Ben's favourite joke is if you say you have something which is big or best or something grand then he will immediatly reply that his is bigger or better or greater! This stems from those annoying people who always have to go one better whenever you tell a story whether it be they have travelled more than you, do whatever it is better than you or maybe even earn more than you. So this blog is based on this, my Col is longer, harder and better than Ben's!

It really seemed like we were trying to be scared off Traversette - an archaeologist the BBC consulted said it was treacherous and too dangerous for us to climb. The guides who took us up to the pass, also said, on the morning we met them (I was later told) that we would never make it.

However...the walk was fantastic and totally safe but carrying my bike was one of dumbest things I have ever done. Taking what is basically a useless lump of metal in the conditions, which weighs around 30kgs (heavier than Ben's) to a pass which is close to 3000 metres high (Ben's was only 2550) and has no roads is not smart, but my reasoning for it was worse. My argument was that my bike was my metaphorical elephant.

One of the few spots when I tried to ride my bike!

Hannibal took 37 of them over the Alps (more than Ben) which may or may not include Traversette - until someone finds some archaeological evidence which links him to a specific pass we will never know which one he crossed to enter Italy. Hence our split at this stage so we could at least examine three passes. This lack of knowledge really maintains the mystery which makes this story so interesting. It also meant that no matter how silly I felt with my bike in the snow and rocks up the mountain, I knew that very possibly Hannibal had been there before with his savanah born elephants and he must have felt just as ridiculous!

John getting me to do it all one more time!

I did seriously regret the decision to take my bike when I realised I would not be pushing my bike, let alone riding my bike at all that day. I would have to carry it! Ben's was easier, he rode or pushed his the whole way. Mine was much much harder - it worked in rounds - I would carry my bike 20 metres then gulp for air, I did this repeatedly until we reached the top - usually I don't look forward to the filming bits particularly - I like to be off with my bike, but this time, because I was so tired (more than Ben), my bike came closs to being dumped or thrown off many cliffs and I was always hoping our director would call a halt for a shot or ptc, or John the cameraman would spot a good GV - usually he is unstoppable to the point of frustration at finding these when you want to get on with things but this time all of the ones he spotted to film generally involved me going back down the hill a bit to carry my bike up a second time - I am still not sure if he was doing this purposely!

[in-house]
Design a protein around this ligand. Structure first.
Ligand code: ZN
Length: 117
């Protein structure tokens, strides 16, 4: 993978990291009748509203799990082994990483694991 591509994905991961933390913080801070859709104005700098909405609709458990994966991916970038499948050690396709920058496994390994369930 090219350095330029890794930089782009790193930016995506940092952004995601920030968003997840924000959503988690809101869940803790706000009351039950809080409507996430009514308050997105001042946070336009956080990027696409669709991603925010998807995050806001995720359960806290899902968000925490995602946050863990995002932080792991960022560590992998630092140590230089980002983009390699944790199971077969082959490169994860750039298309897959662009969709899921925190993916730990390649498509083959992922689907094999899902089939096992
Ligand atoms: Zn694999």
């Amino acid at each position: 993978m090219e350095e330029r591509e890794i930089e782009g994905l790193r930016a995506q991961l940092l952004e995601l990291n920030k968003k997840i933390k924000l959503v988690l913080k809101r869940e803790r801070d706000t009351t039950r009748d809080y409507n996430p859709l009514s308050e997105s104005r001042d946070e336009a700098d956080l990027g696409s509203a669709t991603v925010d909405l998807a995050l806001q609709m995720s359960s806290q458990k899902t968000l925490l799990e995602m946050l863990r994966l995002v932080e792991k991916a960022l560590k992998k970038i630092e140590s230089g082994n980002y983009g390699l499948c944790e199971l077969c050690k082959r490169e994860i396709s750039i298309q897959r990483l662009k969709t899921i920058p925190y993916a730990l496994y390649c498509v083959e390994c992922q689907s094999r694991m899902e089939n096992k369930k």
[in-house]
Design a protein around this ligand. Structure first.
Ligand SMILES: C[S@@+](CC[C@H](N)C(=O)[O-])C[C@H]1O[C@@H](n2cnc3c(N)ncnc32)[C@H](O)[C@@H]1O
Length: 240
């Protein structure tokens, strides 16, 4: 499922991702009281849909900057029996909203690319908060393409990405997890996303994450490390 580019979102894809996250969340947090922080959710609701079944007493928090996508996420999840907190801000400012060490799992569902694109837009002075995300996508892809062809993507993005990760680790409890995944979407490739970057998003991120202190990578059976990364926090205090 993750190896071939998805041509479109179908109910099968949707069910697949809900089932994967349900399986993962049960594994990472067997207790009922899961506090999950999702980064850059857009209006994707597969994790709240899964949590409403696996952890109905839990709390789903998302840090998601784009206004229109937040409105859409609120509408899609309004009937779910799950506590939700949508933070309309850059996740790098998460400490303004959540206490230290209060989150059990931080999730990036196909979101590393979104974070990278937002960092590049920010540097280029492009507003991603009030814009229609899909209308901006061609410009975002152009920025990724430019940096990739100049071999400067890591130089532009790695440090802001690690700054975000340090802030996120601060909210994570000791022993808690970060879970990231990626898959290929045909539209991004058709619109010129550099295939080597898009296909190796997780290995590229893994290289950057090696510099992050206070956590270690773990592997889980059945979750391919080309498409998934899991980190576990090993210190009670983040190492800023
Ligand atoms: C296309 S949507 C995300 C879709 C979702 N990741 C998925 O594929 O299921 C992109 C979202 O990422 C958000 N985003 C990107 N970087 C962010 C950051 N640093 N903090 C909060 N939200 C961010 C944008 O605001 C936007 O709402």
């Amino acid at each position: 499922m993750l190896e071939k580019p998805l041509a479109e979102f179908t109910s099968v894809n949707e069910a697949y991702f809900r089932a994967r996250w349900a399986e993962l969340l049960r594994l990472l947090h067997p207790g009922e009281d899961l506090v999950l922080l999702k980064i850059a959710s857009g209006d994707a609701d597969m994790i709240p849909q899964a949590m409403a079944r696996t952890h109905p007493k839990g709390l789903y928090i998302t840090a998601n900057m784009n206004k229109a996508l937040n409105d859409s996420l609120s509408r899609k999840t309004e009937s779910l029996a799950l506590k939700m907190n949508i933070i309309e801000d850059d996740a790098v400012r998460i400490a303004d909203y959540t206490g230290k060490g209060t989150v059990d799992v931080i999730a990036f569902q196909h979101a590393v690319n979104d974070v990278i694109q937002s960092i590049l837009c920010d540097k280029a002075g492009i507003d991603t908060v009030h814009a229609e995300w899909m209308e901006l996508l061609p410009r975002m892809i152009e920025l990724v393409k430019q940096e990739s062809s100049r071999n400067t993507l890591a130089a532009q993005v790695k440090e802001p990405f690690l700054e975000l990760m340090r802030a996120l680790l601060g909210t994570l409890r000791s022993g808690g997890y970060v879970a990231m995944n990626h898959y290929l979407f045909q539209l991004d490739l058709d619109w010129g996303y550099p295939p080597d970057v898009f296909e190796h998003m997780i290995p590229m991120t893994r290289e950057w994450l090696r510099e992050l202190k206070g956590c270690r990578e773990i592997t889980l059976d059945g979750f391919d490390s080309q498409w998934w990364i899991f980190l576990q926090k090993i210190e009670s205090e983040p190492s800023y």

Starting to feel the pain...

Luckily the conditions were perfect. Ben said that up Clapier there was lots of fog and it wasn't very nice - but climbing Traversette went brilliantly and it was an amazing trip, much more amazing than Clapier. John describes the day as one of his best working days ever, better than when he went to Clapier, and I would agree entirely although my work experience as a presenter totals 4 weeks (this trip)! It was defintely spectacular - we climbed to 2950 metres through steep rocky terrain over snow and ice to a pass from which you can see far into Italy. Mont Viso the mountain the Roman's thought was the highest in the Alps towered over us from the end of the valley. We got to the top without any trouble, I was almost collapsing but I didn't admit that to anyone! The guides also told us that 2 weeks before there was a metre of snow in the valley, this was all melted for us besides at top - If it had still been there I would have had an excuse to give up! We were very lucky all round, we could see that on a bad day Traversette could defintely cause problems, but on our day it was perfect - if I had not been carrying my bike I may have even enjoyed it (more than Ben enjoyed Clapier)

Thanks to Nicola and Gerard our guides they were both brilliant (better guides than Ben's) and to Gerard again for all of the great photos here.


Reaching the top with Nicola

The view from the top